Harper's Ferry, June 1, 1861

I have just returned to my tent from duty since yesterday morning at 8 o'clock--28 hours, during which time I have been acting as officer of the day and have either been in the saddle or on foot. We are now threatened with the enemy who are in considerable force at Louisville, distant about thirteen miles. Orders have just been issues for all the ladies to leave, with those who are too sick to do duty. Ammunition is also distributed to the different commands. I cannot go to sleep under such circumstances but must write to my loved Elodie to convince her that she has no rival and to tell her, in reply to the question she asks in her letter of 23rd, that my heart is free from any apprehension that I have one. I have too much confidence, my dearest, to doubt for one moment the sincerity and devotion of your feelings for one so little worthy of them as my humble self. I will die, if die I must, thinking of you as one true in all your promises and willing to give my memory a small chamber in your heart. So much upon this subject, and if you are provoked, I hope you will be satisfied that I at least have no idea that I have a rival and further that I flatter myself that I can have no one so formidable as to make me apprehensive.

In my rambling yesterday, I came upon an itinerant ambrotype gallery, and, fancying that you would like to see me an officer of the day in my uniform, I had two likenesses taken. I will send them both to you by Mr. Fiquet, [1] a gentleman of Marion, who will leave the package at Selma with Mr. White. Select the one you like best and please have the other directed to Miss E. M. Dawson, [2] Cahaba, care of Judge Pettus [3] and sent to him by some safe hand. I wish Lizzie to have it as it may be valuable to her in case of any accident to me. You must excuse the common cases, but they were the best he had.

When this letter reaches you, my dearest, the writer, with all his faults, may have fallen. If so remember me as one who loved you more than all the world, who was willing to sacrifice all that you would have him sacrifice to serve you, and who wished to live to make you happy. You must not grieve too much in that event but look forward in time to the bright sun that will be unveiled by the clouds, to the time when you can find in another one worthy of your affections. But you must do what I wish you to do, which will be made known by Judge Pettus.

If no battle takes place, and I live to return to you, this letter will be regarded by you probably as foolish, but if I do not, you will then appreciate it. I write as I feel for you, my dear angel, and I cannot upon the eve of an attack suppress my feelings. They will convince you that I have no rival and that I am as true as a knight errant. The Baltimore Sun of yesterday is full of war news. After reading it, I think a battle will take place at Manassas Junction or at [illegible] before we have one. I think we will beat them in either event, and their defeat at one place will defeat their general plan of operations. But why trouble myself with these reflections. All is involved in uncertainty. I trust in the mercy and goodness of our all-wise God, and I will commend myself to His keeping. In your prayers, my dearest, I know that I am remembered, and it is a source of happiness.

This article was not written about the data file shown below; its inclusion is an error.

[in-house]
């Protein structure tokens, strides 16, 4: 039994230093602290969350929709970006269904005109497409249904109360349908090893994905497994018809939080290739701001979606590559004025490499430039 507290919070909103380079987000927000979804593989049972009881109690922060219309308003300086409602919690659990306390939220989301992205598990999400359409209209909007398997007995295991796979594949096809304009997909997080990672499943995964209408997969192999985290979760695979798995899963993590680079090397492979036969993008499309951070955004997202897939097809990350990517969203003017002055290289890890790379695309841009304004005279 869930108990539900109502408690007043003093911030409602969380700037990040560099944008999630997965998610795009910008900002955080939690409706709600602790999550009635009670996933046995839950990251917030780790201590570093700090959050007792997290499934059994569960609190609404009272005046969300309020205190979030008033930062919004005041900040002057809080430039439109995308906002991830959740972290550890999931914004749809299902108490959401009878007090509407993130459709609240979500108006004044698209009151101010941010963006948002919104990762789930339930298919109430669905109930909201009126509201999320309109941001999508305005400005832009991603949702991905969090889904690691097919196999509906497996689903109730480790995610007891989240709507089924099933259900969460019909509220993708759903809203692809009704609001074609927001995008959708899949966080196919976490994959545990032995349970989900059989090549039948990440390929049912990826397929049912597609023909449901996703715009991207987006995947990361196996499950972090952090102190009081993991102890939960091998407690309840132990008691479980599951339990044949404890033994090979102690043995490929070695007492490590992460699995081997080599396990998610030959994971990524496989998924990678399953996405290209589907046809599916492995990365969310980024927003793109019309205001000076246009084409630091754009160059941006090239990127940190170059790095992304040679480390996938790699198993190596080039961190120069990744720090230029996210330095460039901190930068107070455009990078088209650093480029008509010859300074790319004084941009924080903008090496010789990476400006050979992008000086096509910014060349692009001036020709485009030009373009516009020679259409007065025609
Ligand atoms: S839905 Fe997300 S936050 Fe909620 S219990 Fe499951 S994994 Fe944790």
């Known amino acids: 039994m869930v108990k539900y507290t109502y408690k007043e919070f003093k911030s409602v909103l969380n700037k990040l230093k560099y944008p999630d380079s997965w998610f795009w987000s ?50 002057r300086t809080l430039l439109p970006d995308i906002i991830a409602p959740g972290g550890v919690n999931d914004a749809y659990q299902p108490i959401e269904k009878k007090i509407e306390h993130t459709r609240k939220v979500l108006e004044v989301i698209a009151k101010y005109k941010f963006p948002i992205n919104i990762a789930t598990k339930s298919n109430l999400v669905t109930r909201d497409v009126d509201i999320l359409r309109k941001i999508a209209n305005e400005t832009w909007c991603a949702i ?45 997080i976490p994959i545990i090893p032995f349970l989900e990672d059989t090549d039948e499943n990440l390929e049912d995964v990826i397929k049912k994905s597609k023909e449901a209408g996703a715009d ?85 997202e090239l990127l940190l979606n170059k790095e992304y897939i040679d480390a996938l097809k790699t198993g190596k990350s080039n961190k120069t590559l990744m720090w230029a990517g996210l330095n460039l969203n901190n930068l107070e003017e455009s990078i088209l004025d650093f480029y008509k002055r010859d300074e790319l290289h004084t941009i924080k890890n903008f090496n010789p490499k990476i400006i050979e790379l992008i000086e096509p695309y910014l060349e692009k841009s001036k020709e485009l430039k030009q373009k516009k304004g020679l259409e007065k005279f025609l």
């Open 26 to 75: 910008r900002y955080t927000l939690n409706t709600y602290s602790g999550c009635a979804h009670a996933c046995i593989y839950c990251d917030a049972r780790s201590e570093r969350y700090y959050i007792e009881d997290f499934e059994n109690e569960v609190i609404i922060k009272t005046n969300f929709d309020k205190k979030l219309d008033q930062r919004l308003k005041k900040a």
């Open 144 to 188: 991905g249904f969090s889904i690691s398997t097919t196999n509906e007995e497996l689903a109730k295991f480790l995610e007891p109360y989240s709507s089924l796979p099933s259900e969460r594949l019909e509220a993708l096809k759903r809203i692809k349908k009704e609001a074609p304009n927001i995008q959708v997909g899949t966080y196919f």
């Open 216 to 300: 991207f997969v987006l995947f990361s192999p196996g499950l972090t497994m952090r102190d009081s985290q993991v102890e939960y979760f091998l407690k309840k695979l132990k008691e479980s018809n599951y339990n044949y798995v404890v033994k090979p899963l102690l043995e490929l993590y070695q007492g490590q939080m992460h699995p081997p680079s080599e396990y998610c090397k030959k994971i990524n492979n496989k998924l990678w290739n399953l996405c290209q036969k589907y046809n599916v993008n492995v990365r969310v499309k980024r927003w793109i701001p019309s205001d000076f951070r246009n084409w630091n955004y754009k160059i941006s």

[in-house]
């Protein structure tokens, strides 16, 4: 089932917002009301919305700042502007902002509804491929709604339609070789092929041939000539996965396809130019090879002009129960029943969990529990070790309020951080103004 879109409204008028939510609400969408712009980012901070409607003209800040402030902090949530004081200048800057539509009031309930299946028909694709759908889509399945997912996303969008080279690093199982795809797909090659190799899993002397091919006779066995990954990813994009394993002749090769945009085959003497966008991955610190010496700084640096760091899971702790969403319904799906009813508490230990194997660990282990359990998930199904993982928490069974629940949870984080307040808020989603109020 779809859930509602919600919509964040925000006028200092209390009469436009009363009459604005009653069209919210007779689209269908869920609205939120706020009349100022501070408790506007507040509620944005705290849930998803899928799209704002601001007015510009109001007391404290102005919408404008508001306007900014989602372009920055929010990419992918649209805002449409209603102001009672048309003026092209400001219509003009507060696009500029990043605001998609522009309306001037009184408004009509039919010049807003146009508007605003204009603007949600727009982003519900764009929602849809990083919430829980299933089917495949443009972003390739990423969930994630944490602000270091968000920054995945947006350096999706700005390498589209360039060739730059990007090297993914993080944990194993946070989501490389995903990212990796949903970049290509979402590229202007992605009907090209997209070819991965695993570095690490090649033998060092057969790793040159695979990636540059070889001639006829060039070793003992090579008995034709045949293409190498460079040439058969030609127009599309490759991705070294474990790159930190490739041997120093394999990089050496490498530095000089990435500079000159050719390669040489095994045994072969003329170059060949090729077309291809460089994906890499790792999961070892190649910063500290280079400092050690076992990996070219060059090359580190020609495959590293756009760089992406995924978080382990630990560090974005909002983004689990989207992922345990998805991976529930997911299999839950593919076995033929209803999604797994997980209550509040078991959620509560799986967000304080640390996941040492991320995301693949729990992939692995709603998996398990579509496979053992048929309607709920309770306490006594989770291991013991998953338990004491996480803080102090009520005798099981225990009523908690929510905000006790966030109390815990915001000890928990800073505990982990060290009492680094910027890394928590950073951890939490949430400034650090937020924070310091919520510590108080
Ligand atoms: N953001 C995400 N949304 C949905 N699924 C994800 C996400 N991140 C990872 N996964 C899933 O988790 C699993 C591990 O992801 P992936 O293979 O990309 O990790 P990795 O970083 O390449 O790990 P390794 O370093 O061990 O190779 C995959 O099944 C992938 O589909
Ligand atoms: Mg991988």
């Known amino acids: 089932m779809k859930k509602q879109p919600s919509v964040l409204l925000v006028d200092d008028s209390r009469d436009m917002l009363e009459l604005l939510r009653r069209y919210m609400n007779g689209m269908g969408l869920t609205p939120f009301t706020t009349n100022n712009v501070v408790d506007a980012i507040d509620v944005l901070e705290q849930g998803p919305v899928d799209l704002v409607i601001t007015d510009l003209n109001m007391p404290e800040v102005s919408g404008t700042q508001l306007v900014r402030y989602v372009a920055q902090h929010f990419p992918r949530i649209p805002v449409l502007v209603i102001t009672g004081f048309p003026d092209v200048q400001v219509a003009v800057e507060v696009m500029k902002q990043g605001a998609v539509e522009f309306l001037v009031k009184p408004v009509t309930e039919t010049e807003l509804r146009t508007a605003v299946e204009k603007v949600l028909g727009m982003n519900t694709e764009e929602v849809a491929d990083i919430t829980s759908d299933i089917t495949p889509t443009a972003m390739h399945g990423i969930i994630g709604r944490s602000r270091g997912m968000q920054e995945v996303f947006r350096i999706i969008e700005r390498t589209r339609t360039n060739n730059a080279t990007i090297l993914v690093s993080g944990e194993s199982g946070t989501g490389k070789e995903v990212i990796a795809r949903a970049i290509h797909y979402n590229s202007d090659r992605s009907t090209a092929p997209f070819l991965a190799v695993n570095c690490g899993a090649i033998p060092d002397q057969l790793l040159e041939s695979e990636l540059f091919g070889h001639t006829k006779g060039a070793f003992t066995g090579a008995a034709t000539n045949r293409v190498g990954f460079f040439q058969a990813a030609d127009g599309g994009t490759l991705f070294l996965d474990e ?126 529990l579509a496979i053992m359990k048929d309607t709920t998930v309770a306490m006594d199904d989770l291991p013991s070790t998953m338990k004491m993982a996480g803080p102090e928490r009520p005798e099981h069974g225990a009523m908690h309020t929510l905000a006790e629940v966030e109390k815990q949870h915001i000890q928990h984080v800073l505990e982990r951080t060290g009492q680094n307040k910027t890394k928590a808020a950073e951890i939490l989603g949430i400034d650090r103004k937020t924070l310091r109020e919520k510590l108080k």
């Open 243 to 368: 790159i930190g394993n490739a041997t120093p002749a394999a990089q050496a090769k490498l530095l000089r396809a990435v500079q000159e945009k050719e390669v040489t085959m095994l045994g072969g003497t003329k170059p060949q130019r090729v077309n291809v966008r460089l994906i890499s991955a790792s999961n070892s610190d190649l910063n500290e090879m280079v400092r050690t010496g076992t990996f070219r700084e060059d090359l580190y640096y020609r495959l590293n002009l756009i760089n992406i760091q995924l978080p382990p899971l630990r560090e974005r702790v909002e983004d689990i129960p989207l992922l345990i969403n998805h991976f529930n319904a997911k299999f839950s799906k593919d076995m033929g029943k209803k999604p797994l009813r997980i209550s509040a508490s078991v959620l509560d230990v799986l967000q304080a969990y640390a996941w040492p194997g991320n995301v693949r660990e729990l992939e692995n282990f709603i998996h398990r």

I must not write you more in this strain as it will make you sad to read such a letter, but it is pleasant to breathe into your ear the soft feelings of melancholy which now prevail in my mind. I turn always to you for sympathy. You will always be an angel of hope and happiness.

Now, dearest, goodbye. May God bless and preserve you and make you happy. Believe that I love you so well that none can remove your image from my mind or your love from my heart. Adieu.

Sincerely and affty yours,

N. H. R. Dawson

Evening, June 1.

Our outposts have been driven in. We expect an attack tonight. I pray god to let me go through safely and return me to my own loved Elodie.

Goodbye. God preserve you,

N. H. R. Dawson

  1. William Fiquet was born in New York but moved to Marion, Alabama, with his family before the war. Twenty-one years old when the war broke out, Fiquet joined Company G of the Fourth Alabama and died of wounds sustained at the Battle of First Manassas. Alabama Civil War Soldiers Database, Alabama Department of Archives and History.
  2. His daughter, Elizabeth.
  3. Edmund Winston Pettus (1821-1907) was the senior partner in the law firm of Pettus, Pegues, and Dawson. A Mexican-American War veteran, he helped organize the Twentieth Alabama Infantry and ultimately rose to the level of brigadier general, participating in most of the major action of the Western theater, including Stones River, Vicksburg, Chattanooga, and the Atlanta and Carolinas campaigns. After the war, Pettus resumed the practice of law in Selma and was named grand dragon of the Alabama Ku Klux Klan in 1877. Partly as a result of his success in organizing the Klan, he was elected U.S. senator in 1897 and 1903. The Edmund Pettus Bridge, the site of the 1965 "Bloody Sunday" civil rights engagement, was named for him. Robert W. Dubay, John Jones Pettus, Mississippi Fire-Eater: His Life and Times, 1813-1867 (Jackson: University Press of Mississippi, 1975).
June 1, 1861


4th Alabama Infantry
Residence (County): 
Dallas County, AL


Residence (County): 
Dallas County, AL


From State: 
From Municipality: 


To State: 
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